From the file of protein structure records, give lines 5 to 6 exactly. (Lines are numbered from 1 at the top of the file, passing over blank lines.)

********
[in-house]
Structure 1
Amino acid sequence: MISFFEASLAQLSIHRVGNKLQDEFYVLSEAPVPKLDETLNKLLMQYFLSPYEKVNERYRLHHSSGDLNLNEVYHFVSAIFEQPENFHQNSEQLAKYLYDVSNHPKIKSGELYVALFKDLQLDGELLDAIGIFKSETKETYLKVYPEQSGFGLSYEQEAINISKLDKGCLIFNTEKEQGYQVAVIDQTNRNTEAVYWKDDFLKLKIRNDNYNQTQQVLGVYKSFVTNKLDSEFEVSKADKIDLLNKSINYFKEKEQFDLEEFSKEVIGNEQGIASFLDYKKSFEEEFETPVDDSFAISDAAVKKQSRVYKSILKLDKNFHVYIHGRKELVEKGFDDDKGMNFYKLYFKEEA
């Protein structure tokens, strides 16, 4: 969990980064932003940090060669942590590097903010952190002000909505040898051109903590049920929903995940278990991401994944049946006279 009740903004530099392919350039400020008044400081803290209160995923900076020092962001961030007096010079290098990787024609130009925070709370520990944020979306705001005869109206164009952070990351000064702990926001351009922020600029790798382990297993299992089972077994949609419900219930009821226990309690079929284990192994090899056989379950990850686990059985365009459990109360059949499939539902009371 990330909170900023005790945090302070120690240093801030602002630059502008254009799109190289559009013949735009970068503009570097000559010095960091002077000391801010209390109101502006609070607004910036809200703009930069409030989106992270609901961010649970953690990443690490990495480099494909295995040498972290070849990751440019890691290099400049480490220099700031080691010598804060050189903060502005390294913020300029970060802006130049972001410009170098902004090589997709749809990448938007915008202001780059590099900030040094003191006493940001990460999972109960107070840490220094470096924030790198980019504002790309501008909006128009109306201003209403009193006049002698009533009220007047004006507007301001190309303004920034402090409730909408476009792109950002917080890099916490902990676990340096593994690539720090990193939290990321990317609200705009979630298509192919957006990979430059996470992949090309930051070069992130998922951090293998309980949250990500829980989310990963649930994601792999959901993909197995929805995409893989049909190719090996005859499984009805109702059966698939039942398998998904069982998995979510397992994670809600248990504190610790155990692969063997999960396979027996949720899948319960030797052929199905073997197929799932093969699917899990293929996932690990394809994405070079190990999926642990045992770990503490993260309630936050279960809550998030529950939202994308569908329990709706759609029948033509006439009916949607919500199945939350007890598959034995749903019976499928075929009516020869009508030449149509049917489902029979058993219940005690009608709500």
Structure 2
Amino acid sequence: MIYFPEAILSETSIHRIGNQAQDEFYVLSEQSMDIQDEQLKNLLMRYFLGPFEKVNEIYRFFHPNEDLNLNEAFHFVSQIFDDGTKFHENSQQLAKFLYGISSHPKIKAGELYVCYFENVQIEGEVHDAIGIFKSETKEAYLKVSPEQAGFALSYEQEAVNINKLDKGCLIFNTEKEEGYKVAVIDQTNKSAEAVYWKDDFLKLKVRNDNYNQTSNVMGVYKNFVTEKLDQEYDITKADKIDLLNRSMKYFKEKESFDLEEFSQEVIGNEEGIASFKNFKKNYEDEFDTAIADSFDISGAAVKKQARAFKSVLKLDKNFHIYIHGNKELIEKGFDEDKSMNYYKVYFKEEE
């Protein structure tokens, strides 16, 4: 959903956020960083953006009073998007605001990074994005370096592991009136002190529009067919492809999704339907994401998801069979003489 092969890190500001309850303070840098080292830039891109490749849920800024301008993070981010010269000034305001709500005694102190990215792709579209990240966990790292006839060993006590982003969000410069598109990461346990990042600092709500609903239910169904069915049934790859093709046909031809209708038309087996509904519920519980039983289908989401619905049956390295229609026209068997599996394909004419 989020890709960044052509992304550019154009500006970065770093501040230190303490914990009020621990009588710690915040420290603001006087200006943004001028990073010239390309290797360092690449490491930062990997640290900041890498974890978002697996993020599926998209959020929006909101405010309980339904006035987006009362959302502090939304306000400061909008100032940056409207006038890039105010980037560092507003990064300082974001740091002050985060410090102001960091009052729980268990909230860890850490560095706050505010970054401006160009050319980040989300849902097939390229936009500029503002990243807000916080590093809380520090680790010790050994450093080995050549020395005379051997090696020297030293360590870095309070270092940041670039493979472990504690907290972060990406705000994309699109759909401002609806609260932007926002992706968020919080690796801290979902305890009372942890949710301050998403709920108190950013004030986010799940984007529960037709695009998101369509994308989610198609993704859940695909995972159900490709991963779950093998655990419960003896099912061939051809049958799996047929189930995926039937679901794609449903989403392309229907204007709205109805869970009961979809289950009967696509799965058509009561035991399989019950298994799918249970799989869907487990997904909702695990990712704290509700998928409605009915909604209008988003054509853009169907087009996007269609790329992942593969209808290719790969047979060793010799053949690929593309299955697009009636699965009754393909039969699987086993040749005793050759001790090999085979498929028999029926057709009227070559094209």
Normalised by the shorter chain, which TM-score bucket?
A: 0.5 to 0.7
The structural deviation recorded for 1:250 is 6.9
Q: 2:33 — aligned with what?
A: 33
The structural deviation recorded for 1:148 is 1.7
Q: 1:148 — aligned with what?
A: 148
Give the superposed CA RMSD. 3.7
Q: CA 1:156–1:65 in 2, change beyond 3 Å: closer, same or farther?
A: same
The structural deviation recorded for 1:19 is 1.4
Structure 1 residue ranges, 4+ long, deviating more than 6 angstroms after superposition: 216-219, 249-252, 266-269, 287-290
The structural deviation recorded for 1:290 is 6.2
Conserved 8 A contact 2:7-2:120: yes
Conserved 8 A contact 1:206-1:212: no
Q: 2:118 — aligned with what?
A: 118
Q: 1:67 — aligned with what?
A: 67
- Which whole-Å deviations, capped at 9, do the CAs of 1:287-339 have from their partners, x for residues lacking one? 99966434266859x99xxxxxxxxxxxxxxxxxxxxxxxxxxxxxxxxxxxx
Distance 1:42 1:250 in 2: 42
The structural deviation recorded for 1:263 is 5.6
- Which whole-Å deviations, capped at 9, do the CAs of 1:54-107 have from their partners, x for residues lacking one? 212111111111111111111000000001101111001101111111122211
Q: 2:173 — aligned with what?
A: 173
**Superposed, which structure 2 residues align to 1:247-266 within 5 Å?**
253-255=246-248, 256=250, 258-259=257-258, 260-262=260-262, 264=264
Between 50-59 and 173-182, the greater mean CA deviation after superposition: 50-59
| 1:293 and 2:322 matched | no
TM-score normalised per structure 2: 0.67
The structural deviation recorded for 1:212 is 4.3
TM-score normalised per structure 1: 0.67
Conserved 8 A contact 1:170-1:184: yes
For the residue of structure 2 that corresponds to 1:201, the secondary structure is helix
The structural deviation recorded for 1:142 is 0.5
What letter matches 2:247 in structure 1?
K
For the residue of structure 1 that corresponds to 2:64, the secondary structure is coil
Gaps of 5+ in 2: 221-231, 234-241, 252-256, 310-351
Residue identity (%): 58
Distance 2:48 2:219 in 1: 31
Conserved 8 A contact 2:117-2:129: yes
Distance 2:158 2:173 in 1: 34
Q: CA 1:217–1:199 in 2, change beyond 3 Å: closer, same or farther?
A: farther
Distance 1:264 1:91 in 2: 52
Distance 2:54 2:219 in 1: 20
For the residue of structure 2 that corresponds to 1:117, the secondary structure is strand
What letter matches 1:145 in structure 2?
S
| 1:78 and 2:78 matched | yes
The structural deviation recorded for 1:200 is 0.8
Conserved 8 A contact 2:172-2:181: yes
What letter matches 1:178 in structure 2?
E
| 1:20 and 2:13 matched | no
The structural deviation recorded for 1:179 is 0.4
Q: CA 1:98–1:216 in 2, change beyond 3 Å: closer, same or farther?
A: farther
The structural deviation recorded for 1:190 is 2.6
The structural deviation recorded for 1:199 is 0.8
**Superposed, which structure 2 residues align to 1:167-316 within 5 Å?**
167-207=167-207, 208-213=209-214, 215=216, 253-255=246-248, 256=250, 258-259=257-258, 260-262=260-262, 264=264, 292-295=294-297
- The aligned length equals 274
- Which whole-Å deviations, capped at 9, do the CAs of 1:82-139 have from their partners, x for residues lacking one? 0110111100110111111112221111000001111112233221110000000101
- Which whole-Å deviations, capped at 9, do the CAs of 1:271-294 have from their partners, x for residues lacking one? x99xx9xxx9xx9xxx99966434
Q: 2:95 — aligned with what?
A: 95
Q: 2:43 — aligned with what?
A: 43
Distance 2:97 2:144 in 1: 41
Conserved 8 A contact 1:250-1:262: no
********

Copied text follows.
Structure 2
Amino acid sequence: MIYFPEAILSETSIHRIGNQAQDEFYVLSEQSMDIQDEQLKNLLMRYFLGPFEKVNEIYRFFHPNEDLNLNEAFHFVSQIFDDGTKFHENSQQLAKFLYGISSHPKIKAGELYVCYFENVQIEGEVHDAIGIFKSETKEAYLKVSPEQAGFALSYEQEAVNINKLDKGCLIFNTEKEEGYKVAVIDQTNKSAEAVYWKDDFLKLKVRNDNYNQTSNVMGVYKNFVTEKLDQEYDITKADKIDLLNRSMKYFKEKESFDLEEFSQEVIGNEEGIASFKNFKKNYEDEFDTAIADSFDISGAAVKKQARAFKSVLKLDKNFHIYIHGNKELIEKGFDEDKSMNYYKVYFKEEE